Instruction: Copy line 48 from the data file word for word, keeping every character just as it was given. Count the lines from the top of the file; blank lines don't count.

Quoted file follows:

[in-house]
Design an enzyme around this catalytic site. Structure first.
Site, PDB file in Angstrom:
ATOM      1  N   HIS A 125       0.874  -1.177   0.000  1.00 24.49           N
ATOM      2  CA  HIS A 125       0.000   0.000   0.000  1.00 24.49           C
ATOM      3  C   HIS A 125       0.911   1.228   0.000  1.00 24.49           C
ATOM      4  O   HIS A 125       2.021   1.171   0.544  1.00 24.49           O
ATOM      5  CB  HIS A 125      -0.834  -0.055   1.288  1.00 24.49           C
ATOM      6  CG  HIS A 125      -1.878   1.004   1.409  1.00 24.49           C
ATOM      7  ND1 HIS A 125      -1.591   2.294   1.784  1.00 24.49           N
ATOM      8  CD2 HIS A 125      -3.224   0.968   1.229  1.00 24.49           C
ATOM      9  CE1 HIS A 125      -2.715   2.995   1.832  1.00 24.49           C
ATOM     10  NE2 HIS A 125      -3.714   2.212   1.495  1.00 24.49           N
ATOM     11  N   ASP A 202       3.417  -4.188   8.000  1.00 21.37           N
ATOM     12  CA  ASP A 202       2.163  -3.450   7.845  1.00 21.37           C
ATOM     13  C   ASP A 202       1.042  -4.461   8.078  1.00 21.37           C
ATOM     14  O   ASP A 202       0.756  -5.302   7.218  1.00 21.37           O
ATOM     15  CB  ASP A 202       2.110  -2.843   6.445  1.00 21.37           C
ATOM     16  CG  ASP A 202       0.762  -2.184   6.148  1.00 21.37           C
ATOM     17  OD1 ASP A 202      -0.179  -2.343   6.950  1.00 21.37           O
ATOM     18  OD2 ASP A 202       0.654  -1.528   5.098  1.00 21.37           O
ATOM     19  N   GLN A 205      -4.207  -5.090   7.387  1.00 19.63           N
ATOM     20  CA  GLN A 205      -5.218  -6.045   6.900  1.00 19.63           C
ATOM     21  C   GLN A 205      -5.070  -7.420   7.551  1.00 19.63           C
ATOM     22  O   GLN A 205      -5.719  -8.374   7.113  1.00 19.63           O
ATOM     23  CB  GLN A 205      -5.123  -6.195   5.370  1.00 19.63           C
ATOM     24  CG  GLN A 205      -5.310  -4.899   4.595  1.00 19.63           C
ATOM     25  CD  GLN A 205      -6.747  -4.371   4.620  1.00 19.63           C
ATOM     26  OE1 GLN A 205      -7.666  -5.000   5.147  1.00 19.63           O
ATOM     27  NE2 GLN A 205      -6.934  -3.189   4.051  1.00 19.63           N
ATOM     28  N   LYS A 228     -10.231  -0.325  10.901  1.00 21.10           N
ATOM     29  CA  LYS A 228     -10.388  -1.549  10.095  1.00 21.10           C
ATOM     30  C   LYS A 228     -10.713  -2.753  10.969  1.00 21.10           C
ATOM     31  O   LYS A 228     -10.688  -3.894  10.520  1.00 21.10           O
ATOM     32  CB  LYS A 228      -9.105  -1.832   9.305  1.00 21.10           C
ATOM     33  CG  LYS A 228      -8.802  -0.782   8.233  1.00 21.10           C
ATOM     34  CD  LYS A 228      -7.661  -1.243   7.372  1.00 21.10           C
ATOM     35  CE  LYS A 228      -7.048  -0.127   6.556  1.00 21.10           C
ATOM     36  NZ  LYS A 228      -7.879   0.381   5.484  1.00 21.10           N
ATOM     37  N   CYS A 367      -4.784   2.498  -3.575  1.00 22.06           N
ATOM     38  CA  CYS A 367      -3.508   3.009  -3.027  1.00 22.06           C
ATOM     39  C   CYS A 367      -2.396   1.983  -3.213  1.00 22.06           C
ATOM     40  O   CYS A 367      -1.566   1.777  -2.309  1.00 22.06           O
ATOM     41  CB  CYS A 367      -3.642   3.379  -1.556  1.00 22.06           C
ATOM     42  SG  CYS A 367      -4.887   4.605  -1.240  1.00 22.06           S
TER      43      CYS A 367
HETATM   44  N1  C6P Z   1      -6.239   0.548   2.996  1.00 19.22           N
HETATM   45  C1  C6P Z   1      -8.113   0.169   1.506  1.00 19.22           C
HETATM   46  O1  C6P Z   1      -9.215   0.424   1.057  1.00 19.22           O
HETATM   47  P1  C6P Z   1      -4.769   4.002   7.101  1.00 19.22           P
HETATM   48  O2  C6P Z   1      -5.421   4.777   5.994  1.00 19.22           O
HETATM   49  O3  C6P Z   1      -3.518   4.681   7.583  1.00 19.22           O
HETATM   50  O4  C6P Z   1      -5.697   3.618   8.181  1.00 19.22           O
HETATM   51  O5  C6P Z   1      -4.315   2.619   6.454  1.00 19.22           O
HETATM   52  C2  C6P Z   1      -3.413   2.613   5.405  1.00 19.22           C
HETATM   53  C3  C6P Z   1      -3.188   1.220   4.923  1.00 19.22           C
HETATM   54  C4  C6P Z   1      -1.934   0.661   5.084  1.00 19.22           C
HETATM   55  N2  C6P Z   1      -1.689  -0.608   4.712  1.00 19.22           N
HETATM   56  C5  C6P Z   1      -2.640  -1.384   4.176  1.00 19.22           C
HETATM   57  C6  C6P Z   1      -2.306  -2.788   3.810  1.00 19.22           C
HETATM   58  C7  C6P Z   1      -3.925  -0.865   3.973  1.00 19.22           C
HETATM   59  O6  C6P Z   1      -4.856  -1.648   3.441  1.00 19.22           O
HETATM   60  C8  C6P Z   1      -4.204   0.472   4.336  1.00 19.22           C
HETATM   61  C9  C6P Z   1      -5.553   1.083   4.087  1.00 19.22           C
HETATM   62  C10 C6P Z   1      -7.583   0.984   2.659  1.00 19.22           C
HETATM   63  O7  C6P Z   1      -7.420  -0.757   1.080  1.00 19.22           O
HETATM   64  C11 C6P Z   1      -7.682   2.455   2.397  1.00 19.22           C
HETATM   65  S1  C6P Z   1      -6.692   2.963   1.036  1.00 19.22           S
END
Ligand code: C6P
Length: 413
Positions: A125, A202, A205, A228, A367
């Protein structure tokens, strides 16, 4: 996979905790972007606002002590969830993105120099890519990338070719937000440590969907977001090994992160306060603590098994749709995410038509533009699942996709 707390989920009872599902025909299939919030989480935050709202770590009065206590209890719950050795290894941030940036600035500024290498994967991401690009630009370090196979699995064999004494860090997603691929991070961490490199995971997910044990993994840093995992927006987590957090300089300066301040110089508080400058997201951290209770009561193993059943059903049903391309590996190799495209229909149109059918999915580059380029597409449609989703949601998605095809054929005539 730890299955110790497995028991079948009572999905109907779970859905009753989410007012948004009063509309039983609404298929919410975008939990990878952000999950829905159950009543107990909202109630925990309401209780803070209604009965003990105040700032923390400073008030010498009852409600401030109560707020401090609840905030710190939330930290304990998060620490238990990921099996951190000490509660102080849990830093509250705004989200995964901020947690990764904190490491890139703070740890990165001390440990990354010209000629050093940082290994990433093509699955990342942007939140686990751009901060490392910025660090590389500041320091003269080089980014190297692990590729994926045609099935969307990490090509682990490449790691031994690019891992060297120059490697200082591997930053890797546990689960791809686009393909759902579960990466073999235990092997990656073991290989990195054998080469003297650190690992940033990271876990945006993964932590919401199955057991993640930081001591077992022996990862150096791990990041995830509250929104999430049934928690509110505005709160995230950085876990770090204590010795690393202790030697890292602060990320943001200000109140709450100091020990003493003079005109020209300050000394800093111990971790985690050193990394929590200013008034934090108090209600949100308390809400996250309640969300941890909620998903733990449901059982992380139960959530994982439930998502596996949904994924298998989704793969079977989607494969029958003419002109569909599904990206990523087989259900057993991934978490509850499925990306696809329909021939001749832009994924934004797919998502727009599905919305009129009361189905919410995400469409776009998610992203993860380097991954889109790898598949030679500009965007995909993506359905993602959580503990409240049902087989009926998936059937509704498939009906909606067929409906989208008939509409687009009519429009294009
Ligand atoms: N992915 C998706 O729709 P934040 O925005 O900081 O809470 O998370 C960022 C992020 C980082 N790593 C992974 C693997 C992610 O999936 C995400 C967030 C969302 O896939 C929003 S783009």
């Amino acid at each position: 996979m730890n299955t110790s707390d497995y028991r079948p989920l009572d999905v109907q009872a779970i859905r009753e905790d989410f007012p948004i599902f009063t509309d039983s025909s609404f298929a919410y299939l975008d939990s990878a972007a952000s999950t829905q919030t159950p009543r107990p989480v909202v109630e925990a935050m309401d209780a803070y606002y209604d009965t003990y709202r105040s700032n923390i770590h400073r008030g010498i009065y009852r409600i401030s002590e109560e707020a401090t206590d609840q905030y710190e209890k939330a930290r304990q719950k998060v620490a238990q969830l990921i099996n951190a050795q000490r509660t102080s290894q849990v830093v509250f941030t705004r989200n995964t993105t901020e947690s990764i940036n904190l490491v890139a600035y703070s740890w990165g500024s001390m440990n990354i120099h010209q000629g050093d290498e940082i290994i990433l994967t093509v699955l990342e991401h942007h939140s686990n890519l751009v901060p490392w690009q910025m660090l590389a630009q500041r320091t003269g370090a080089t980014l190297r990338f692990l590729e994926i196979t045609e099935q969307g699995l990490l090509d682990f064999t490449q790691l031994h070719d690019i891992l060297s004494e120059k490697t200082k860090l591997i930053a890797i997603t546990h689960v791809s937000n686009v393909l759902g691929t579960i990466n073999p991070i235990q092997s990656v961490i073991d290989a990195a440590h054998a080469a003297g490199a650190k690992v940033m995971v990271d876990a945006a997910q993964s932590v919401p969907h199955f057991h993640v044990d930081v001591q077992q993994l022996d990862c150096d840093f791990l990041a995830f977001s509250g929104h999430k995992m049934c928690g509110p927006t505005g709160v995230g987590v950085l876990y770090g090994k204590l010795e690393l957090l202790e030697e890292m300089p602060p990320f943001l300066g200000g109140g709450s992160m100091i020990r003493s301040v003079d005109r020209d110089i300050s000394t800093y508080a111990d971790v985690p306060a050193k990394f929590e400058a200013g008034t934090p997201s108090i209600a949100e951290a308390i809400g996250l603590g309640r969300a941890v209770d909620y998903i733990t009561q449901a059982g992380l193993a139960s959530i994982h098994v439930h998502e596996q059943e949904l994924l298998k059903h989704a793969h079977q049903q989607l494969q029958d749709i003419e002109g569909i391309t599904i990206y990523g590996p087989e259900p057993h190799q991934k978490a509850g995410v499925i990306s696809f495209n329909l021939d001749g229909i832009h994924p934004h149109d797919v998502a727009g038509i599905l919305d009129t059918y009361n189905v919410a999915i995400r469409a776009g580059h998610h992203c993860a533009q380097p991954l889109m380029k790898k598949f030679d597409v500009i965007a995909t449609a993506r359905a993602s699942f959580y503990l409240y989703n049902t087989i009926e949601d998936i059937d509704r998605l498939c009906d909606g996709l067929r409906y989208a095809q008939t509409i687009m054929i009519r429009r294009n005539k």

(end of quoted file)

HETATM   45  C1  C6P Z   1      -8.113   0.169   1.506  1.00 19.22           C